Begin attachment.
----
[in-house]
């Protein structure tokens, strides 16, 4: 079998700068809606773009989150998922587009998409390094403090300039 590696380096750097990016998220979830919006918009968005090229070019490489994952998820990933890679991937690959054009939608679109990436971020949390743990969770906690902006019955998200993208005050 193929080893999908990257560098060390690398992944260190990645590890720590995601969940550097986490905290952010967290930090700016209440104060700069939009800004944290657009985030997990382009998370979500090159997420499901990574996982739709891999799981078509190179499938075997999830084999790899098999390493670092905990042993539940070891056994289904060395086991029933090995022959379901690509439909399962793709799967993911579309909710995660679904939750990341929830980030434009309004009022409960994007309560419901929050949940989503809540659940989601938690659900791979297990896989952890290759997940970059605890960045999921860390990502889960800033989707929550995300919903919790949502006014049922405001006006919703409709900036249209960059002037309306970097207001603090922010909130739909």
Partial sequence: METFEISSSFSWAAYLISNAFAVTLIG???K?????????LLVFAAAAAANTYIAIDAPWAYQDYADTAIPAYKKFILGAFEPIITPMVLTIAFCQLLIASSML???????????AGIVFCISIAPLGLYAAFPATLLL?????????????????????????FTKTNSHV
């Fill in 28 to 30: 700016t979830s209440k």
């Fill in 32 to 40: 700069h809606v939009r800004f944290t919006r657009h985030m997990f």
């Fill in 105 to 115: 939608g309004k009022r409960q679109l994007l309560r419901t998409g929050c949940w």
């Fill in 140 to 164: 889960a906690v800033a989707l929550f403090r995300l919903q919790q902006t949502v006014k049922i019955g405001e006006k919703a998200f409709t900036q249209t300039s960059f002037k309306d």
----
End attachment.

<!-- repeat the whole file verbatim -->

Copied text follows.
[in-house]
């Protein structure tokens, strides 16, 4: 079998700068809606773009989150998922587009998409390094403090300039 590696380096750097990016998220979830919006918009968005090229070019490489994952998820990933890679991937690959054009939608679109990436971020949390743990969770906690902006019955998200993208005050 193929080893999908990257560098060390690398992944260190990645590890720590995601969940550097986490905290952010967290930090700016209440104060700069939009800004944290657009985030997990382009998370979500090159997420499901990574996982739709891999799981078509190179499938075997999830084999790899098999390493670092905990042993539940070891056994289904060395086991029933090995022959379901690509439909399962793709799967993911579309909710995660679904939750990341929830980030434009309004009022409960994007309560419901929050949940989503809540659940989601938690659900791979297990896989952890290759997940970059605890960045999921860390990502889960800033989707929550995300919903919790949502006014049922405001006006919703409709900036249209960059002037309306970097207001603090922010909130739909």
Partial sequence: METFEISSSFSWAAYLISNAFAVTLIG???K?????????LLVFAAAAAANTYIAIDAPWAYQDYADTAIPAYKKFILGAFEPIITPMVLTIAFCQLLIASSML???????????AGIVFCISIAPLGLYAAFPATLLL?????????????????????????FTKTNSHV
């Fill in 28 to 30: 700016t979830s209440k």
């Fill in 32 to 40: 700069h809606v939009r800004f944290t919006r657009h985030m997990f």
């Fill in 105 to 115: 939608g309004k009022r409960q679109l994007l309560r419901t998409g929050c949940w």
């Fill in 140 to 164: 889960a906690v800033a989707l929550f403090r995300l919903q919790q902006t949502v006014k049922i019955g405001e006006k919703a998200f409709t900036q249209t300039s960059f002037k309306d």